Step 14 * Use reverse procedure to install fuel pump and assemble all components back to their original state.

Step 15 * Start the vehicle to verify repairs.


Good job (remember rated and comment this help).

Mar 03, 2010 | 1997 Nissan Pathfinder

1 Answer

Replaceing fuel pump


How to Replace a Fuel Pump
DIY & Save up to $219.24 (Complexity: Hard / Time: 3.2 hours)

Parts:
1. Fuel Pump - $140.07

Tools:
1. 3/8 in. Drive Ratchet - $7.55
2. Floor Jack - $145.54
3. Multimeter - $247.13
4. Jack Stand Set - $36.93
5. Flat Head Screwdriver - $3.14
6. Mallet Hammer - $6.83
7. Socket Set

Steps:
1 Locate the fuel pump.
- Tip: Safety Tip:Always wear safety glasses when working on your vehicle. Wear other personal protective equipment (PPE) when necessary, for example latex gloves or safety shoes.
2 Have a friend turn the key to the“ON” position while you listen for a high pitched hiss/whine coming from the electric fuel pump.
- Tip: If the fuel pump is located in the fuel tank, you can open the fuel cap and listen to hear the fuel pump. The fuel pump should run (priming the system with fuel) for a couple of seconds. Once it stops, you should be able to start the vehicle.
3 If the fuel pump does not make a sound (run and prime the fuel system) check to see if there is a fuse that supplies power to the fuel pump and check its location.
- Tip: Check the owner’s manual for location of the fuse box and fuel pump fuse.

4 Once you have found the location of the fuel pump fuse, remove the fuse from its housing and check to see if it is blown.
- Tip: A blown fuse will usually have a metal strip connecting both tabs that“blows out” (the wire looks as if it has been chopped in half or broken).

5 If you noticed that the fuse was blown, replace the fuse with a new fuse of the same amperage and repeat step 2.
6 If the fuel pump now works, you do not need to replace it. However, you will need to find what caused the fuel pump fuse to blow. We strongly recommend that this is done through a certified shop, unless you have the tools and knowledge to test electrical systems and diagnose more in depth problems.
7 If the fuse wasn’t blown, it should be checked for power and ground at the fuel pump. If there is power and ground present then you will need to replace the fuel pump.
- Tip: On most vehicles you may need to lower the fuel tank to access the power and ground leads for the fuel pump.

8 Siphon or drain as much fuel as possible from the fuel tank. Disconnect any possible fuel lines from the fuel tank.
9 Remove any retaining straps or bolts holding the fuel tank to the frame.
- Tip: You may be able to access the fuel pump from the bottom of the back seat or the trunk of the vehicle.

10 Using a digital multi meter, turn the key to the“ON” position and check for power at the fuel pump. Touch the negative lead from the DMM to a good ground and the positive lead of the DMM to the power cable at the fuel pump. You should have a reading that is equal to battery power. If you do not have a reading at all, you will need to inspect the power side of the fuel pump.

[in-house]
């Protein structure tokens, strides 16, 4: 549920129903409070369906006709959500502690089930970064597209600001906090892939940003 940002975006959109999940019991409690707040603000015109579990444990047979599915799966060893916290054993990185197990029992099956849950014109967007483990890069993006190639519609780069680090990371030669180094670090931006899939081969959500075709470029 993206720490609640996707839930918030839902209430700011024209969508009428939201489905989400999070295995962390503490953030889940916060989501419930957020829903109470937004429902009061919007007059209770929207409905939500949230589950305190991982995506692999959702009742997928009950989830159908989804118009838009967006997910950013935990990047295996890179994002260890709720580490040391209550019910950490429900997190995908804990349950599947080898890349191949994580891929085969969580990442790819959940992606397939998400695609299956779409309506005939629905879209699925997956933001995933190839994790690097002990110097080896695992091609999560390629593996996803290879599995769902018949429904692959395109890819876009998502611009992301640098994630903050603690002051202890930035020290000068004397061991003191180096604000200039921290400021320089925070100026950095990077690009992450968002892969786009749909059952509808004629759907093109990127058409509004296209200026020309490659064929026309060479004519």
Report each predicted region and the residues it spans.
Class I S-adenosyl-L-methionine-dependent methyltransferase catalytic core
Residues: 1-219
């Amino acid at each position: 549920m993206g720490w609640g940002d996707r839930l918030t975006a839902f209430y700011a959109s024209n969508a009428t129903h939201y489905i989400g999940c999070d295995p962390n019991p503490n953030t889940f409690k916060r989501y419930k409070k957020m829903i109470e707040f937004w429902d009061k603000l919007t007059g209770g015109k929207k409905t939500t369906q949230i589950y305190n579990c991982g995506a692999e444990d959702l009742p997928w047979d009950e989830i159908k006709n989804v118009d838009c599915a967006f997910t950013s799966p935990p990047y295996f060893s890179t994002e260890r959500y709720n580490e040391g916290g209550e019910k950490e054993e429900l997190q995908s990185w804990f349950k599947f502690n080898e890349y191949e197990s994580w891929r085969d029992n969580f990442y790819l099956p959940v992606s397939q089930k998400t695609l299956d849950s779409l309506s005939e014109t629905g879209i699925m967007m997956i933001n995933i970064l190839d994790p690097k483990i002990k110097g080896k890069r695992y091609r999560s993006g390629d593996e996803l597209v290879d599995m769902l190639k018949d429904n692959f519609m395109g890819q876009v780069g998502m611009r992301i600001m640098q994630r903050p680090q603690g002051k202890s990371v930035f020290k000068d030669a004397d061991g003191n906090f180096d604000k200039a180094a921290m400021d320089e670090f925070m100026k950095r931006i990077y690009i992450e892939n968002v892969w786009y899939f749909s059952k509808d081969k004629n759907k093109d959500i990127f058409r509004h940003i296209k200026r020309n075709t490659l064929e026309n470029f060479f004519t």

- Tip: With the ground lead of the DMM still connected to a good ground, touch the power lead to the positive side of the battery, to each side of the fuse, and again to the fuel pump. Wherever you notice the voltage reading goes from battery voltage to 0 you will need to replace whatever wires and fuse are in between.

11 If you have noticed that the power and ground being supplied to the fuel pump are both good, then you will need to replace the fuel pump.
- Tip: To check for a good ground, place the negative lead from the DMM to the ground side of the fuel pump, and the positive lead of the DMM to the positive side of the battery. If the reading on the DMM is battery voltage then you have a good ground.

12 Remove any retaining rings or bolts that hold the fuel pump in the fuel tank.
13 Remove any electrical connections or fuel lines connected to the fuel pump. Replace the fuel pump.
- Tip: If equipped, inspect and replace strainer as needed.

14 Use reverse procedure to install fuel pump and assemble all components back to their original state.
15 Start the vehicle to verify repairs.

Hope helps with this (remember rated this help) Good luck.

Feb 09, 2010 | 2001 Chevrolet Silverado 1500

1 Answer

Fuel system of 94 olds ciera 3100


the fuse is marked ECM 1 or ECM 2 and is under the hood, as is the fuel pump relay, also these have fuel pump connector problems, did u carefully inspect the pins for heat damage?.

Jun 05, 2009 | 1994 Oldsmobile Cutlass Ciera

1 Answer

Fuel pump is not pumping on my ford ltd crown victoria. i need a fuse diagram so i can see if it is just the fuse or if i need to replace the pump.


There is both a fuse and a relay for the fuel pumps electrical system. The image below of the Power Distribution Box is located in the engine compartment.

Fuse/Relay Location: 5
Fuse Amp Rating: 20 Amp Mini Fuse
Power Distribution Box Description: Fuel pump

Fuse/Relay Location: 203
Fuse Amp Rating: 1/2 ISO
Power Distribution Box Description: Fuel pump relay

eec14ad.jpg

Apr 14, 2009 | 2003 Ford Crown Victoria

1 Answer

Upon replacing my fuel pump fuse (15amp)and


Pretty sure you need a new fuel pump, it may be shorting out inside or seizing up drawing too much current blowing your fuse. There easy to change, if you need info on R & R a fuel pump get back to me.

Mar 18, 2009 | 1988 Volkswagen Cabriolet